Lidar's future in sensing for autonomous vehicles is not assured; enter dot-projector technology by Terranet

Jan. 10, 2020
Lidar as a main sensor for autonomous vehicles (AVs) is still too expensive; cameras could work, but are there any other potential optical sensing technologies for AVs?

If a member of the general public (or at least one who follows technical developments) were to be asked what kinds of technologies are being developed as sensors for autonomous vehicles (AVs), probably the first answer would belidar. Two generalities concerning the lidar arena are true: a plethora of lidar startups has cropped up, and the hype around lidar is quite pronounced. Yet, the predominance of lidar in AVs of the future is not a sure thing.

Consider what Elon Musk, founder of Tesla Motors and developer of AV technology, who is pushing cameras plus vision software as the sensor solution for AVs, has said: "Lidar is a fool's errand. Anyone relying on lidar is doomed. Doomed!"

Of equal or greater relevance are comments made by presenters at the Optical Society's (OSA's) OIDA 2019 Forum on Optics in Autonomy and Sensing (27 June 2019; San Jose, CA):

  • Yvonne Lutsch, investment principal at Robert Bosch Venture Capital (a branch of Bosch, a $90 billion company in the mobility sector), advised not to focus on technology as much as to focus on the "magic triangle"—performance, maturity, and cost. She noted that there are more than 70 lidar companies in AV, with not a single hugely successful startup "exit" to be seen. Lidar cost is high, she emphasized.
  • Alixi Andreev, a physicist who is cofounder and managing director of Autotech Ventures, a venture-capital firm focusing on ground transportation, noted that Homo Sapiens is proof that lidar and radar are not required for AVs.
  • Anand Joshi, principal analyst/strategy consultant in artificial intelligence at Tractica, said that he didn't think that $500 lidar would work; this would seem to indicate that lidar for other than higher-end cars might not be practical.
  • Carl Conti, technical director at Spatial Integrated Systems (SIS), which does mostly defense work, said he was "agnostic to sensor type." He projected that autonomy for any vehicle would consist of radar, electro-optic stereo, IR stereo, and only occasionally lidar.
  • It should be noted that lidar was very definitely on the table in discussions at the OIDA forum; however, among these experts (in contrast with some of what's seen in the general press), lidar is only one of many potential AV technologies. In reality, sensor fusion will unite more than one AV technology; the question is, will lidar be among them?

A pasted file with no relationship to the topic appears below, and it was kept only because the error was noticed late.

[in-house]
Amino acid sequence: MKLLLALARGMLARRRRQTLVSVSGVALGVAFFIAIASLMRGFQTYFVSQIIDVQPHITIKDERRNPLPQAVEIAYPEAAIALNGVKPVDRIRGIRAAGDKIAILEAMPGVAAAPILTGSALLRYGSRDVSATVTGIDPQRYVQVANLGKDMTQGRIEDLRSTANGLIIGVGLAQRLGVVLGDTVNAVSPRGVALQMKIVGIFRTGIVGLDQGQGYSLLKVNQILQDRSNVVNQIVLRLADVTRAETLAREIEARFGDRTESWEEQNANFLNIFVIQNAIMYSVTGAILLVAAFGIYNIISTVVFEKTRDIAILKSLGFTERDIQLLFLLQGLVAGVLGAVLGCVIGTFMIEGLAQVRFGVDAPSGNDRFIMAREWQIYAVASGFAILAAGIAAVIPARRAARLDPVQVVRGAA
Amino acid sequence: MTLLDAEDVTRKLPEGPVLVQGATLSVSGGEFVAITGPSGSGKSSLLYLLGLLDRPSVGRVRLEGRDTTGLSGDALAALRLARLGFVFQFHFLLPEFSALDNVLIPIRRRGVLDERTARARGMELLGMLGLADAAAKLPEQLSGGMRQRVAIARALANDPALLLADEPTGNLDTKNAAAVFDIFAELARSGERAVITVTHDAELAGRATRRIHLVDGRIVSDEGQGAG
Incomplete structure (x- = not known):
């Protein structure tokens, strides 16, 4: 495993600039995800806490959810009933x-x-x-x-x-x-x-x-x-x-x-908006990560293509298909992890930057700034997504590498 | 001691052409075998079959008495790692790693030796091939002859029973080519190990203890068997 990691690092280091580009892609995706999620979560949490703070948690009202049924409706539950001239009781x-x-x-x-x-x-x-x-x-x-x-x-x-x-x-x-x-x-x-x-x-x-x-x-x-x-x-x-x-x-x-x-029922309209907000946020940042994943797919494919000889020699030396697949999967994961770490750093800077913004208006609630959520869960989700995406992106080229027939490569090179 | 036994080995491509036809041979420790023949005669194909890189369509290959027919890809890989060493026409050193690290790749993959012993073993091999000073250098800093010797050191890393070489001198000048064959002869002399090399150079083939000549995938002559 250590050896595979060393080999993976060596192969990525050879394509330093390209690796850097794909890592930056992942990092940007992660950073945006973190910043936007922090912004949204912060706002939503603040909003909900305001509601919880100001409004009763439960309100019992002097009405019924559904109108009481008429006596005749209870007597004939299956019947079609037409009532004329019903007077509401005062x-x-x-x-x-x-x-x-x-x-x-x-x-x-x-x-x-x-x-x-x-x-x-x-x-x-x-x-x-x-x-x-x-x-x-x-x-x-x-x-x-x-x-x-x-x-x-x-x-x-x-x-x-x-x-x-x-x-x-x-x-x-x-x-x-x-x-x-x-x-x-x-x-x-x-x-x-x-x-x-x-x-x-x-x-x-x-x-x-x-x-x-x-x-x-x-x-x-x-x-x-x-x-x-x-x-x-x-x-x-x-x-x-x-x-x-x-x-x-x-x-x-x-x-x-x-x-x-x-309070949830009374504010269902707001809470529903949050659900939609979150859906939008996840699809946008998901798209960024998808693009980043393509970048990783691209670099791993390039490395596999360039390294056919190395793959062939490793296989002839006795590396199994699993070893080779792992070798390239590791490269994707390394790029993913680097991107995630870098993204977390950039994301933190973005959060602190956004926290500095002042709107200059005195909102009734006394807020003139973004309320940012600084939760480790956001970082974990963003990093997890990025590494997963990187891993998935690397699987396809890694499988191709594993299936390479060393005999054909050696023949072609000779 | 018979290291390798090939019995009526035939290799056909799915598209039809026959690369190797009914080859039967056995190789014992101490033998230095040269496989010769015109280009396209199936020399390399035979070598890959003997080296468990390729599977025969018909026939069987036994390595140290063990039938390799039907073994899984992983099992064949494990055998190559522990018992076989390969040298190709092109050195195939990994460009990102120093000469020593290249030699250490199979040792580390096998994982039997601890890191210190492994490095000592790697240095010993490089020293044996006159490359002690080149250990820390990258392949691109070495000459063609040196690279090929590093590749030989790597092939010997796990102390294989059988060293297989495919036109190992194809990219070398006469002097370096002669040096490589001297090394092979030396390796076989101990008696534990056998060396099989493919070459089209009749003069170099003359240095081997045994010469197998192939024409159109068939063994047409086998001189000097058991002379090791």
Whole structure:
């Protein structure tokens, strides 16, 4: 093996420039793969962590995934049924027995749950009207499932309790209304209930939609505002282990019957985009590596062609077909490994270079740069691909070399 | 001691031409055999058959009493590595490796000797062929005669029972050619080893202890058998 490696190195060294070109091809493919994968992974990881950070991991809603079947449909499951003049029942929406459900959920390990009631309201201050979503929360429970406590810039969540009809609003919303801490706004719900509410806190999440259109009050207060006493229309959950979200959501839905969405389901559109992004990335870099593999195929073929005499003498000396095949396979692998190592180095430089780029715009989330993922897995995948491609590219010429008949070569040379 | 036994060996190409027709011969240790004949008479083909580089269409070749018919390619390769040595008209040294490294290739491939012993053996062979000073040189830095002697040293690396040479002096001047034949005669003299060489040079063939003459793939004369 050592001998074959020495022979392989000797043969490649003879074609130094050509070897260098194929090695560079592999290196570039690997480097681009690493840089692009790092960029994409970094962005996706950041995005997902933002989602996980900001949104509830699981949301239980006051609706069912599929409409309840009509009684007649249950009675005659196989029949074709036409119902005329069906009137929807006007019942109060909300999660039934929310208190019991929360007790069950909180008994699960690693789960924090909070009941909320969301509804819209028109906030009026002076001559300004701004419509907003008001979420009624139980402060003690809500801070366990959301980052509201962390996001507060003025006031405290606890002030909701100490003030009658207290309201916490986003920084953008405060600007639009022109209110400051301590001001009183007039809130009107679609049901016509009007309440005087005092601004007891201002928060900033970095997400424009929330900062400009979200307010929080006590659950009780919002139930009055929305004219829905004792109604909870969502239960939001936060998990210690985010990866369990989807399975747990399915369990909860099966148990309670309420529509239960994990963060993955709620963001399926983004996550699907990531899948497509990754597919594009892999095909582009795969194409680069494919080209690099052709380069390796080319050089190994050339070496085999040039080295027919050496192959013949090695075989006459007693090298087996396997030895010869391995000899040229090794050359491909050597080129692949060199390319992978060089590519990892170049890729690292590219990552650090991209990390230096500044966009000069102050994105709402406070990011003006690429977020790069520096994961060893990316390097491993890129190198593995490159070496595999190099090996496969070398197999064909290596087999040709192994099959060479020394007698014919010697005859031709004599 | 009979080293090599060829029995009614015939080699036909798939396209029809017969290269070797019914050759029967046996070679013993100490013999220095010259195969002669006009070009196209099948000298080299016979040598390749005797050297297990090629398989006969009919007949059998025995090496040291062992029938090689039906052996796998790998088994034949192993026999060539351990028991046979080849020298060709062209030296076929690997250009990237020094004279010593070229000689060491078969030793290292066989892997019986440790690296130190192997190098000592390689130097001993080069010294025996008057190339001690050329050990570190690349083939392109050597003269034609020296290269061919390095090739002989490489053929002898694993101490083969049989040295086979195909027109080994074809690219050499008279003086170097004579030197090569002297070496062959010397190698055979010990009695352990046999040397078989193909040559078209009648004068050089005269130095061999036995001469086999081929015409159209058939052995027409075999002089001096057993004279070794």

Enter Terranet

    Based on the comments above, it would seem that any new and different AV sensor technologies would be both welcomed and very carefully examined.

    At CES 2020 (Las Vegas, NV; Jan. 7 to 10, 2020), a Swedish company called Terranet is demonstrating its own optical, but non-lidar, entry into the world of AV sensor technology, called VoxelFlow. The company describes it as "a 3D motion perception technology capable of detecting and classifying objects far more accurately and exponentially faster than Lidar." Terranet licensed the technology from consultant Gerard "Dirk" Smits.

    Terranet further describes the system: "The underlying problem with Lidar or any existing camera/computer vision technology is that it cannot detect vulnerable road users with low latency. VoxelFlow on the other hand classifies dynamic moving objects at extremely low latency using very low computational power, producing 10 million 3D points per second, resulting in rapid edge detection without motion blur. The iPhone's "selfie" camera pales in comparison, producing a mere 33,000 light points per frame. Put into context, standard vehicles today and even those with autonomous driving roadmaps in place don’t use cameras much stronger than that of the iPhone's selfie camera."

    The newer iPhones' Face ID feature is based on a vertical-cavity surface-emitting laser (VCSEL) system that projects 33,000 IR dots to capture the scene. From Terranet's description, the company's system is similar at least in the fact that it is based on dot projection10 million dots for VoxelFlow.

    According to Terranet, VoxelFLow is fast: "By providing life-saving decision making in milliseconds versus seconds, Terranet envisions transforming the pre-crash inattention that today accounts for roughly 1.35M road accident deaths into a forgotten collision-free swerve on the road."

    Info on Terranet can be found at To schedule a VoxelFlow demo at CES, email [email protected]. A video on VoxelFlow uploaded by Terranet to Vimeo can be seen at


    Got optics- and photonics-related news to share with us? Contact John Wallace, Senior Editor, Laser Focus World

    About the Author

    John Wallace | Senior Technical Editor (1998-2022)

    John Wallace was with Laser Focus World for nearly 25 years, retiring in late June 2022. He obtained a bachelor's degree in mechanical engineering and physics at Rutgers University and a master's in optical engineering at the University of Rochester. Before becoming an editor, John worked as an engineer at RCA, Exxon, Eastman Kodak, and GCA Corporation.

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